Pro’s and Con’s of Central Air Conditioning in Ontario
It was not too long ago that the thought of central Air Conditioning in Ontario homes was a sign of absolute luxury. When the first warm days of summer come around, I find myself still adhering to my mother’s urgings to ‘close the windows and draw the blinds and drapes’ – the only way we knew to make our upstairs bedrooms tolerable when we went to sleep. Now, most of us can’t imagine life without Central Air. The funny thing is that over time we have come to recognize the strengths – AND the weaknesses of Central Air Conditioning in Ontario.
Air Conditioning Systems – an overview.
Before I can really get into the pro’s and con’s, perhaps a brief description of how central AC works – which will help us identify where its good, and where it has troubles. Most of us think of Air conditioners as the large object outside the house that vibrates when its running. Something that looks like this:
The fact is that this is one of five different parts that cool your house. Looking closer at the outdoor unit, you might have noticed that some insulated copper lines run from the unit through the wall. They actually are connected to a coil inside your furnace (that absorbs the warm air). Although it is not producing heat, furnaces are still required for central air conditioning. The fan in the furnace circulates the air in the house and drags the warm air across this indoor coil. The furnace then pushes the cold air through the duct system and out the vents that are located in rooms throughout the house.
The final piece of the puzzle is the thermostat – the brains of the system. Here the homeowner gets to set what conditions he wants the cooling system to work by. The thermostat then senses the temperature and when it is higher than the set point, sends a signal to both the air conditioner and the furnace fan to start up.
Advantages of Central Air Conditioning in Ontario
Central Air is very popular in Ontario because of a number of reasons, namely:
- Cost – for a few thousand dollars you can move cool(er) air to all parts of your house that are ducted. click here for an average cost.
- Unobtrusive – other than the outdoor unit and the lines running to the furnace, it is invisible to the eye.
- Flexible – very few days require cooling in Ontario, so it doesn’t run when it isn’t needed (the majority of the time).
- Long lasting – because we don’t run our AC’s all the time, they tend to last a lot longer than a furnace. This means less need for repairing your air conditioner.
Disadvantages of Central Air Conditioning in Ontario
There are certain things about homes and the weather in Ontario that make it difficult for Central Air Conditioning to be as effective as most homeowners need:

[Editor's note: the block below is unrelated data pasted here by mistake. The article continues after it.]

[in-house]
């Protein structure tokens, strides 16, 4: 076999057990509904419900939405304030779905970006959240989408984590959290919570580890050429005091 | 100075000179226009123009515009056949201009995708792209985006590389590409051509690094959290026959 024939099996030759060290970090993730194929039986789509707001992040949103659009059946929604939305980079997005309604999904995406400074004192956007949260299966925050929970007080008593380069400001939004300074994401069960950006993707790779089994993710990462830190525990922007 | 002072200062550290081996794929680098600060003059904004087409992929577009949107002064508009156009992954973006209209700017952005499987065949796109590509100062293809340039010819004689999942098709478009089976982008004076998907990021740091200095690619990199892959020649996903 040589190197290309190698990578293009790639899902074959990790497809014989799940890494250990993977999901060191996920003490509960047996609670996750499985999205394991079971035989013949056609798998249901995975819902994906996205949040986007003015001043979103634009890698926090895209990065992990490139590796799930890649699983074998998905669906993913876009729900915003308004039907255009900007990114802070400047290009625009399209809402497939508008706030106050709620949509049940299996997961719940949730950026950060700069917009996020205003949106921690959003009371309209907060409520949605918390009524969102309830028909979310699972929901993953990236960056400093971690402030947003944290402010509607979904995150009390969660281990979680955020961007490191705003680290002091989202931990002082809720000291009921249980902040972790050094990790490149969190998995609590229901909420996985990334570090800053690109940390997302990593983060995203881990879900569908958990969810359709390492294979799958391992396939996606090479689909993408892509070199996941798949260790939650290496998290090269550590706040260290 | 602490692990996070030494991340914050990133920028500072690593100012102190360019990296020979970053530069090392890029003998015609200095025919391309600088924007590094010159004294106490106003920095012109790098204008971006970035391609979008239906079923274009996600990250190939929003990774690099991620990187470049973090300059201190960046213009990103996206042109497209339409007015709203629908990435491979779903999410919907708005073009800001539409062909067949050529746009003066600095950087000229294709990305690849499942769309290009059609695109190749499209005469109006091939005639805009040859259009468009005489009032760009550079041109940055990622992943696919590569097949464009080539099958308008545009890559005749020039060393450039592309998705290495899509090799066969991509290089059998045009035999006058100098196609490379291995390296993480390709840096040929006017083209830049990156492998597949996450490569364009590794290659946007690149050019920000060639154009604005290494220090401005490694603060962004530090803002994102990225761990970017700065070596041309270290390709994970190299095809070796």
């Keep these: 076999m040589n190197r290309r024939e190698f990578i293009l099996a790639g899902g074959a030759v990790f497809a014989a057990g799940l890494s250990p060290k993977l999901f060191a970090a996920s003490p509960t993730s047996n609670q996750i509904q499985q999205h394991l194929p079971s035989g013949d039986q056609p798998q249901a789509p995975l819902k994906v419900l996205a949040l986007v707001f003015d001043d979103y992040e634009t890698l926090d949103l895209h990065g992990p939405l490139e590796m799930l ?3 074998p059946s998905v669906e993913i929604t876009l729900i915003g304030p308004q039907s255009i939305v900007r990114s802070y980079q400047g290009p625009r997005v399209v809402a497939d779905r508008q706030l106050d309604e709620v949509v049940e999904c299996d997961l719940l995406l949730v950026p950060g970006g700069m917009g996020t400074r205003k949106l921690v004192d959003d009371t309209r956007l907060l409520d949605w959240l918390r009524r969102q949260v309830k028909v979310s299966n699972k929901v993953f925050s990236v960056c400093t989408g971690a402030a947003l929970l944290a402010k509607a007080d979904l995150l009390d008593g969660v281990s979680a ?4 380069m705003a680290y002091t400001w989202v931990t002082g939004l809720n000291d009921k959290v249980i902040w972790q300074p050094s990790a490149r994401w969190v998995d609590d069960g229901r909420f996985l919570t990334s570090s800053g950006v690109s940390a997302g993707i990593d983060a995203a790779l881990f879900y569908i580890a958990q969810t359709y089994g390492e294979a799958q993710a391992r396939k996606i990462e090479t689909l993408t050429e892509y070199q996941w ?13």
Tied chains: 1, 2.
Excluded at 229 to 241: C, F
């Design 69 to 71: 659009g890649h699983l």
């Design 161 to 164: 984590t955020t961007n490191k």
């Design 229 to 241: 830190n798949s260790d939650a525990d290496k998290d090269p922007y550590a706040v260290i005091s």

- Ductwork – only in the last 20 years have homes been built with the proper ductwork to ensure rooms on upper floors get effective cooling. As we all know, there are a lot of homes that are older than 20 years old and it is really difficult to make central air work on the second floor of these buildings.
- Humidity – people who have lived in other places know all too well how humid our summers are. Humid air holds heat much better, so in order to cool a house effectively, the ductwork needs to be effective at pulling the warm humid air out of ALL areas of the house. Rooms that don’t have return vents can not remove humidity effectively.
- House is One Zone, measured only in one spot – go back to the brains of the system, the thermostat. The only way the house is getting cooled is when the air around the thermostat is above the set point. Unfortunately, we live in areas of the house that are not close to the thermostat. This is especially bad if your thermostat is close to your furnace. It gets the freshly conditioned air, and when it gets enough of it, it tells the system to shut down. Unfortunately, the rooms that are further away from the thermostat still need to be cooled. Because air goes the path of least resistance, all of the cool air will go out the vents closest to the furnace, starving the areas that are further away (and still warm).
- Windows – while windows help heat the house in winter (assuming they’re double paned, insulated, sealed, etc.) they make a warm house warmer in summer. This is especially bad when the windows are not close to the thermostat. When you have them away from the ‘stat, the area around the ‘stat stays cool, while the room with the windows heats up even faster. While this isn’t a huge problem when the windows are on the same floor as the thermostat, we all love to have lots of windows in our bedrooms! Not only will we have hot air rising, if the house is old, we won’t have ducts pulling the air out of the bedrooms, and the windows will be heating those rooms up even faster than the rest of the house!
This is by no means an exhaustive list of the pro’s and con’s of Central Air Conditioning in Ontario, but it does try to illustrate some of the problems trying to condition an entire house from one central plant.
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